Pitch Perfect 3 opens with an odd and bizarre scene that involves the main characters in a dangerous situation, performing before a group of crooks before chaos breaks out. It’s all shown with little explanation and the sheer strangeness of it earns a laugh. One wishes that the rest of the film was willing to go in the more outrageous direction of its opening. Unfortunately, the majority of this follow-up is a genial but rather bland retread of ideas and themes that have been presented before.
This sequel picks up with the a cappella group the Bellas having gone their separate ways and struggling to make their way. Beca (Anna Kendrick), Amy (Rebel Wilson) and the rest of the group decide to reform after an unusual and highly improbable opportunity presents itself. The group join a USO tour through Europe. They join rival bands who are competing to impress a famous entertainer (DJ Khaled) who will allow the winner to open for him at a final performance. While touring, the group attempt to fend off ex-commentators turned documentary filmmakers Gail (Elizabeth Banks) and John (John Michael Higgins), while Amy encounters a mysterious figure (John Lithgow) from her past.
While the occasional line here and there earns a chuckle, many of the jokes fall flat this time out and story points feel repetitive. The concept of the ladies leaving college behind and having difficulty finding employment and happiness in their adult lives is a little too similar to the concerns depicted in the previous entry. There is also a general choppiness to the proceedings here, with most of the characters (like the bands competing against the leads) falling into the background. And, there is little explanation as to why members of the Bellas are having an unwanted and unlicensed documentary made about them.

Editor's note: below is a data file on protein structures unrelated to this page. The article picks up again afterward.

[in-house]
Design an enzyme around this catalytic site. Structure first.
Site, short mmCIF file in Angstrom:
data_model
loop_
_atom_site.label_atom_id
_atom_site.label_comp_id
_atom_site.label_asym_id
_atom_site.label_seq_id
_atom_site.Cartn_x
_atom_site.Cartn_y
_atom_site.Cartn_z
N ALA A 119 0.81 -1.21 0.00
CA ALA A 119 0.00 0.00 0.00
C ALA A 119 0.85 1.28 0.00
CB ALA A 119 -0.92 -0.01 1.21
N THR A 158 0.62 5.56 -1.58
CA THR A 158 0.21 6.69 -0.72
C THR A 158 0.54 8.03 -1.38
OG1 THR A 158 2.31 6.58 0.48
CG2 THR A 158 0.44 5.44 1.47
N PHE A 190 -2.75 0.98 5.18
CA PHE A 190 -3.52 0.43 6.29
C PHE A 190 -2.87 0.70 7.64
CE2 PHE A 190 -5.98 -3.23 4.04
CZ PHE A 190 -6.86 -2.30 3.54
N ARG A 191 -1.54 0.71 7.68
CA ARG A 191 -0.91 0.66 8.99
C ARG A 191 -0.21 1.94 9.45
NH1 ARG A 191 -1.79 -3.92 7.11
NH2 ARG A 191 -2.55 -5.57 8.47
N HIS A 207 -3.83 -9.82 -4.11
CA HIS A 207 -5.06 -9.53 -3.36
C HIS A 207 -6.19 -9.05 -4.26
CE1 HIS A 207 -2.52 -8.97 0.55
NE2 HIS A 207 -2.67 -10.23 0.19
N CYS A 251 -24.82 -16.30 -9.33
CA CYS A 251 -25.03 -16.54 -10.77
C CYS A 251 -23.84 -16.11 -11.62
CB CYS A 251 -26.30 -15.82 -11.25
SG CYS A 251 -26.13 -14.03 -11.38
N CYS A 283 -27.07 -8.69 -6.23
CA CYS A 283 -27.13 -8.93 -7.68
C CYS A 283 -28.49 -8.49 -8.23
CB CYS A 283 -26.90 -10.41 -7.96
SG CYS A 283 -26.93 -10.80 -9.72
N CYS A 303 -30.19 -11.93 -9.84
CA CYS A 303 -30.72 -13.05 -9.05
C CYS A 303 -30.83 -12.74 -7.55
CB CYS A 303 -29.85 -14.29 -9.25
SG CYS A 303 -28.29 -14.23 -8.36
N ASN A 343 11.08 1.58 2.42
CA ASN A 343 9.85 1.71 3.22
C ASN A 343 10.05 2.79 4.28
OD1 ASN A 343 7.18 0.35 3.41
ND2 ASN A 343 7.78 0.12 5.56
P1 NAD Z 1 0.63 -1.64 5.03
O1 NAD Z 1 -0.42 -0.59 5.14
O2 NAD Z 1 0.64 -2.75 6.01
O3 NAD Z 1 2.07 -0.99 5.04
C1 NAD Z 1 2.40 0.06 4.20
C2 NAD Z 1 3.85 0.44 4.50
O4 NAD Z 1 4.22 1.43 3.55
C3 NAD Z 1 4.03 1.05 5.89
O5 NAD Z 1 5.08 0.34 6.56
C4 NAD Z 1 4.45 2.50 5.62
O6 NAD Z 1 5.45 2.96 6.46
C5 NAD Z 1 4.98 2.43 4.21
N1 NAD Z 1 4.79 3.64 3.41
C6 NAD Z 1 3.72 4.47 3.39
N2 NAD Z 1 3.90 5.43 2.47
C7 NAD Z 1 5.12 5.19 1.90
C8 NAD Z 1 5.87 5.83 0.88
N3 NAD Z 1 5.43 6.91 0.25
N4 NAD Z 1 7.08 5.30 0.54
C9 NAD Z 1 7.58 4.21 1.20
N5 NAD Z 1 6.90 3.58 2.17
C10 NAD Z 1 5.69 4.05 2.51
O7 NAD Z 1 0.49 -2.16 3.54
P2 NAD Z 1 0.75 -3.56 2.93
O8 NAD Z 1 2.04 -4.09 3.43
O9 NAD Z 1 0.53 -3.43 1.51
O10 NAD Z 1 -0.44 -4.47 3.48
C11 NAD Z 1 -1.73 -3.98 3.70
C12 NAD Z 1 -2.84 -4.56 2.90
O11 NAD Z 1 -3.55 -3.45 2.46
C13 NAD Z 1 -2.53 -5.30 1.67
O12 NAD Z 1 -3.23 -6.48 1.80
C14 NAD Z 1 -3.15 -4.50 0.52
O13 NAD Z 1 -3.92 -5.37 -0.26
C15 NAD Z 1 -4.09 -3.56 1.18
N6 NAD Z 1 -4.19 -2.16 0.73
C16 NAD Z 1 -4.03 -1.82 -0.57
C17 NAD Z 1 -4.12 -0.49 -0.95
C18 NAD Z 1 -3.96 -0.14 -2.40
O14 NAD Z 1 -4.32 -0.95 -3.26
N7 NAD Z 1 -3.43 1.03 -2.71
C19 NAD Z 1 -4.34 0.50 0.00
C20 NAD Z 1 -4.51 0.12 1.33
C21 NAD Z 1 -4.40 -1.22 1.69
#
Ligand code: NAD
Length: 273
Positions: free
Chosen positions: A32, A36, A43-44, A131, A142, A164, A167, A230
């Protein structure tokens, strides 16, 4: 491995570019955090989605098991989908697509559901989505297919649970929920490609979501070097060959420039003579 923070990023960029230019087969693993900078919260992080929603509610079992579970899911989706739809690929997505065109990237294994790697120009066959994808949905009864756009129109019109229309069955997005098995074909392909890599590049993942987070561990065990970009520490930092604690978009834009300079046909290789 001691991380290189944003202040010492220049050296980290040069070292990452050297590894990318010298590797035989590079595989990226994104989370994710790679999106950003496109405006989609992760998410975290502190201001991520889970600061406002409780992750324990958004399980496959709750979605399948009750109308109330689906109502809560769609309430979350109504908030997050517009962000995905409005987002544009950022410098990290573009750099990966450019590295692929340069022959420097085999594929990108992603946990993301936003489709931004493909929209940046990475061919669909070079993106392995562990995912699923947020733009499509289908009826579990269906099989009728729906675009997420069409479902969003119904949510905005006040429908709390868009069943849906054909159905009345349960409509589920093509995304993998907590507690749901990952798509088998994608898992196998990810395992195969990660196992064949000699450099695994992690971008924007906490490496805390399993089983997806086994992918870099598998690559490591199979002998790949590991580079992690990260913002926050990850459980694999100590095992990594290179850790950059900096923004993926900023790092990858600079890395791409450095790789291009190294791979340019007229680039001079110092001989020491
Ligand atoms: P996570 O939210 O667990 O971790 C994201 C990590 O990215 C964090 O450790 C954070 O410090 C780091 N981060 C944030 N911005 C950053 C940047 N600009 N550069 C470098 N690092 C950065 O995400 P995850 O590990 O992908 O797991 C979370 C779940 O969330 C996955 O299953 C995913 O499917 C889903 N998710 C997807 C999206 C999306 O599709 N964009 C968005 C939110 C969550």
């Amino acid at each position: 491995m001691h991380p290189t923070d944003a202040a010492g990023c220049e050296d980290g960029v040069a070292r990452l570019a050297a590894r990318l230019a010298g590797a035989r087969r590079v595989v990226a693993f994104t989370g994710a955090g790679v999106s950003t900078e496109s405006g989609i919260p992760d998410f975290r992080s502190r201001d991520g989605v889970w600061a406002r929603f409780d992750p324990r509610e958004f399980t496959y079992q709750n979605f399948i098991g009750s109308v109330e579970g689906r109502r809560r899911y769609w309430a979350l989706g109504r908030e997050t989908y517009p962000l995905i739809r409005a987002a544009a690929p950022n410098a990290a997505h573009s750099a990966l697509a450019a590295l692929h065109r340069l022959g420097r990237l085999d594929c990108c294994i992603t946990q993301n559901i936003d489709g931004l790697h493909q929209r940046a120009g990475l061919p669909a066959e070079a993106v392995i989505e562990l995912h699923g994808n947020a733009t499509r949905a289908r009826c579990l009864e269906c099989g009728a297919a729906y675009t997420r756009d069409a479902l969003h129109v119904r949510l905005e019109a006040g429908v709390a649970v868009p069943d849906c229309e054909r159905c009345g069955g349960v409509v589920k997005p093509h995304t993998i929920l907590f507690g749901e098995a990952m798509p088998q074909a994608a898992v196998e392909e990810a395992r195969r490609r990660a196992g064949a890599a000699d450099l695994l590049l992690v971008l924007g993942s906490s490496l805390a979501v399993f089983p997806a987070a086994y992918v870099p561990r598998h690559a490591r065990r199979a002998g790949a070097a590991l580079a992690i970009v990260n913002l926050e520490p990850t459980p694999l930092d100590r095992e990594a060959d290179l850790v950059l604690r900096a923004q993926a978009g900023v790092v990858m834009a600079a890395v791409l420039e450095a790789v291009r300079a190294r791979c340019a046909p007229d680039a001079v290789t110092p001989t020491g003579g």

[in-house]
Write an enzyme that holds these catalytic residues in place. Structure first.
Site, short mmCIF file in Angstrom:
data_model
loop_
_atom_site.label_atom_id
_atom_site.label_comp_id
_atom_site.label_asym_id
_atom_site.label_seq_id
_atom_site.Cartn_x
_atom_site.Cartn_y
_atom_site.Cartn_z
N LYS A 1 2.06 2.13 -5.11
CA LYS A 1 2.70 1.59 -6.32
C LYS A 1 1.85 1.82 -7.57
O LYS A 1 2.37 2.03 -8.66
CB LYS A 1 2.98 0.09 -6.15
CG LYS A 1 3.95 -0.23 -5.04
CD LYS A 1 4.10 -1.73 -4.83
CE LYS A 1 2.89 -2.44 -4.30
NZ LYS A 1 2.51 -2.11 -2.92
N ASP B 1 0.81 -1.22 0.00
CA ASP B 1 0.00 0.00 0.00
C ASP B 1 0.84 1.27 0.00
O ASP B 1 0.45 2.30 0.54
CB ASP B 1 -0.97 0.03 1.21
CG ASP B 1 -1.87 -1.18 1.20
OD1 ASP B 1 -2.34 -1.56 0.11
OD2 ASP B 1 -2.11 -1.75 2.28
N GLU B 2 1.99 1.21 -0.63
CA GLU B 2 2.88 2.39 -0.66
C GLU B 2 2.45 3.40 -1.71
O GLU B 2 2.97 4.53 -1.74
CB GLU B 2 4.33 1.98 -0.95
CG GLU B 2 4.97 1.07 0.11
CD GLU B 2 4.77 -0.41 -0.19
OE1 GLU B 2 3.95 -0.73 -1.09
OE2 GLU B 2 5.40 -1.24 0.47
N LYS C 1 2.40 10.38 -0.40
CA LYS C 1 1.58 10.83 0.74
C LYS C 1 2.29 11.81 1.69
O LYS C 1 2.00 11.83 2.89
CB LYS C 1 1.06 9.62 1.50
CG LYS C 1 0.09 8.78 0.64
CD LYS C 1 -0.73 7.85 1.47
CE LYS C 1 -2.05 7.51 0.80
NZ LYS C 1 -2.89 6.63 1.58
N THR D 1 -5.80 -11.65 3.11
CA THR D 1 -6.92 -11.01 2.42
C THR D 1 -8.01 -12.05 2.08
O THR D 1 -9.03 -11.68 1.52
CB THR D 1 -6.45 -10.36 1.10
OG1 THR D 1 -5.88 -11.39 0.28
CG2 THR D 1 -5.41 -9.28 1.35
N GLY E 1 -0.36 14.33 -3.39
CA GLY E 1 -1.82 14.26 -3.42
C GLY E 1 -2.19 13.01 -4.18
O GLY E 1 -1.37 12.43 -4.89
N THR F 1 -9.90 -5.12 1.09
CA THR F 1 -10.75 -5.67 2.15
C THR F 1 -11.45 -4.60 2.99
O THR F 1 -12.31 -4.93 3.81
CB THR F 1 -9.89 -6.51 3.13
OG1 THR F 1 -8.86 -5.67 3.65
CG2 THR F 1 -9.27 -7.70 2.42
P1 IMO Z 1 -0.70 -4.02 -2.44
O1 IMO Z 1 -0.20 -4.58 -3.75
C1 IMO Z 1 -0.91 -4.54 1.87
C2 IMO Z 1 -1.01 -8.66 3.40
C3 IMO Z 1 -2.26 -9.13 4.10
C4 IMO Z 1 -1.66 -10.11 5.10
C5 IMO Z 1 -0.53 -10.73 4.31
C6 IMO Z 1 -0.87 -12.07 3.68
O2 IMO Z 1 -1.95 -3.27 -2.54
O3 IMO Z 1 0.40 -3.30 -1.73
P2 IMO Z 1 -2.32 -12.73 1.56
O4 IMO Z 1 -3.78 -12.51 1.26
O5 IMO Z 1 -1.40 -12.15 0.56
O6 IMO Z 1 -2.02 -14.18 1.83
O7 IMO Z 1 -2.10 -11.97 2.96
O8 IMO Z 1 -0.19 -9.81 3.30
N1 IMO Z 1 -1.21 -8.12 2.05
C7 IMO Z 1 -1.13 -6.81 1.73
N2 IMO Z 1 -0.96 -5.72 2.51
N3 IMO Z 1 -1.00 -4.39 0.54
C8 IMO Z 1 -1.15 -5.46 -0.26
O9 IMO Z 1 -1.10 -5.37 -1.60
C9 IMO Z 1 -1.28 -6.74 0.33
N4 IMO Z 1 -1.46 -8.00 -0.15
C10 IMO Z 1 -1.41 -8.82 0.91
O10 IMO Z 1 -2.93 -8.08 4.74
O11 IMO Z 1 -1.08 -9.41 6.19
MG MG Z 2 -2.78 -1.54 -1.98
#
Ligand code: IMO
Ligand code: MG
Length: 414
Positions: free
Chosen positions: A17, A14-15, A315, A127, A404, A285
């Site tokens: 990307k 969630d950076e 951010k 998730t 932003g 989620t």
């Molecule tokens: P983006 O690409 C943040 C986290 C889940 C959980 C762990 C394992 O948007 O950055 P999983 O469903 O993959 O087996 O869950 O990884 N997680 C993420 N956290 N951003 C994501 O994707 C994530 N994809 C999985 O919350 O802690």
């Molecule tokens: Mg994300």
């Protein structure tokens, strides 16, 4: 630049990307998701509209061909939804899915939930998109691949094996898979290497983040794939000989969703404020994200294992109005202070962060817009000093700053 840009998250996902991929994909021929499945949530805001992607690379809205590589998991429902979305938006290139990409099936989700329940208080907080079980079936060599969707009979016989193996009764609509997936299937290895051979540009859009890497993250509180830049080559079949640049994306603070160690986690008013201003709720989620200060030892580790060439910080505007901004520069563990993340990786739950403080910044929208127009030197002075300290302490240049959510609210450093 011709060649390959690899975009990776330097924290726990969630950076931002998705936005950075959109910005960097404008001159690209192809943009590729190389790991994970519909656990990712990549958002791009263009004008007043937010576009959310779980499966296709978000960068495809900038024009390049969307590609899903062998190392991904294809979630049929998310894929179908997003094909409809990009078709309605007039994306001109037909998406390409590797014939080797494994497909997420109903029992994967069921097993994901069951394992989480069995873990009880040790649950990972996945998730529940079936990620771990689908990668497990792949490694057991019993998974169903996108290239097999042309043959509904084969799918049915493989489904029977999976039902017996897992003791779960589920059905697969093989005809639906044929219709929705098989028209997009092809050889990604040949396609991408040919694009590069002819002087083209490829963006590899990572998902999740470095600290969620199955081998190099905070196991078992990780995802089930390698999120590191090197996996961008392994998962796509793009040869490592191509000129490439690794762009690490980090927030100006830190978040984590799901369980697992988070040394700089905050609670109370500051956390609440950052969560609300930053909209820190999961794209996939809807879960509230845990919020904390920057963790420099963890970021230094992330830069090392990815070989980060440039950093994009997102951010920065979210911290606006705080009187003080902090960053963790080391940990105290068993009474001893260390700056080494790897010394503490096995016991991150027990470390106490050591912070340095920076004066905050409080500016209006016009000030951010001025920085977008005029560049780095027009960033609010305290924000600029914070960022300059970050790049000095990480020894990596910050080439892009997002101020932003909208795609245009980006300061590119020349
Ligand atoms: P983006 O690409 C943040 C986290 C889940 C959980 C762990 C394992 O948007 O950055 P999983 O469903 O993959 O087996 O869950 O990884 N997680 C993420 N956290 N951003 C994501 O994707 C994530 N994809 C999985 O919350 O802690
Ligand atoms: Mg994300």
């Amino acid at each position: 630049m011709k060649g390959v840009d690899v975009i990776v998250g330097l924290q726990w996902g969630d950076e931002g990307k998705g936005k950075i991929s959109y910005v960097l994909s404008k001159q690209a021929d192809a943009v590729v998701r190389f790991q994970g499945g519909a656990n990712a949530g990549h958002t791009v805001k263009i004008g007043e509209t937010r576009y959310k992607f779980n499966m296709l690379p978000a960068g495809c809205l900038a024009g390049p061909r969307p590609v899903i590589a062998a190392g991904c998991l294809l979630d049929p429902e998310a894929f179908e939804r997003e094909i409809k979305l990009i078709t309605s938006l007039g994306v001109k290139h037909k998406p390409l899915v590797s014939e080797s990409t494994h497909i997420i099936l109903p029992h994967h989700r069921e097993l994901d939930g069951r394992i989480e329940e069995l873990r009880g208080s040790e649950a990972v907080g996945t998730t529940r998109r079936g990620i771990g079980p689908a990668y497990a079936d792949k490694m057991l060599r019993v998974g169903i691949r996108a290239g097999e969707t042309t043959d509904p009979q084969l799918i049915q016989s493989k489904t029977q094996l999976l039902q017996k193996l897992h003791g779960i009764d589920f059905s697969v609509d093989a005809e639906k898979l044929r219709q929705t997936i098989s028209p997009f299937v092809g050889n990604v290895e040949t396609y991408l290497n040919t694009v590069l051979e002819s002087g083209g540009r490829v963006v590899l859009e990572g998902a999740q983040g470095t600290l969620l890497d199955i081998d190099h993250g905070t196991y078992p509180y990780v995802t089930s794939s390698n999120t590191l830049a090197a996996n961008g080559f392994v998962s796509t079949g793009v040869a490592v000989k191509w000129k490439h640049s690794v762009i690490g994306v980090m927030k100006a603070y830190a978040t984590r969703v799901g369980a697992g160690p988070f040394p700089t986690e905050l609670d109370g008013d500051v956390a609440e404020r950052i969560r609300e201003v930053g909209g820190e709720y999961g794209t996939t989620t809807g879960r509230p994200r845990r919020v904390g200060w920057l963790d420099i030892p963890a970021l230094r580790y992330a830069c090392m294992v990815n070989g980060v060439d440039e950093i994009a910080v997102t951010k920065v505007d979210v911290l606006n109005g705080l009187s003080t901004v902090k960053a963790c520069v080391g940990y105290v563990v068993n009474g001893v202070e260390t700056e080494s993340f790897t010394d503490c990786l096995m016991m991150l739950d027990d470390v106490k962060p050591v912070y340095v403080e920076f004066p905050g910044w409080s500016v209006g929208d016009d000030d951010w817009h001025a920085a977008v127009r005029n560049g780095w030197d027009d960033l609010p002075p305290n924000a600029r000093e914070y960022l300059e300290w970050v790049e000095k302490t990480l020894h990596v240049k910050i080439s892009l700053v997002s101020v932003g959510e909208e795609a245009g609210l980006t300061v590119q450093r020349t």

The film only really jolts to life when an antagonist makes some real threats and begins taking hostages. There is some amusing physical comedy during the climax as well as a few good lines when one of the characters attempts to threaten the villain over the phone. They attempt to do so in a menacing manner, but also try to hold an amiable conversation with a friend entering the room at the same time. These moments feel much more effective because they’re fresh, new situations.
In fact, it leaves one wondering what the movie could have been had it followed this tangent instead. One can imagine a film in which the friendly, innocent-looking group are asked by the government to infiltrate and take down a criminal organization under the guise of a cappella entertainers. It seems like the results would have been a much funnier film than the one delivered.
Fans of the Pitch Perfect series may get a chuckle here and there, but this entry pales in comparison to the original film, and can’t even match the middling returns of the first sequel. As it stands, Pitch Perfect 3 doesn’t take advantage of its most interesting ideas and instead relies on formula. It’s unfortunate, but the end result sounds off-key.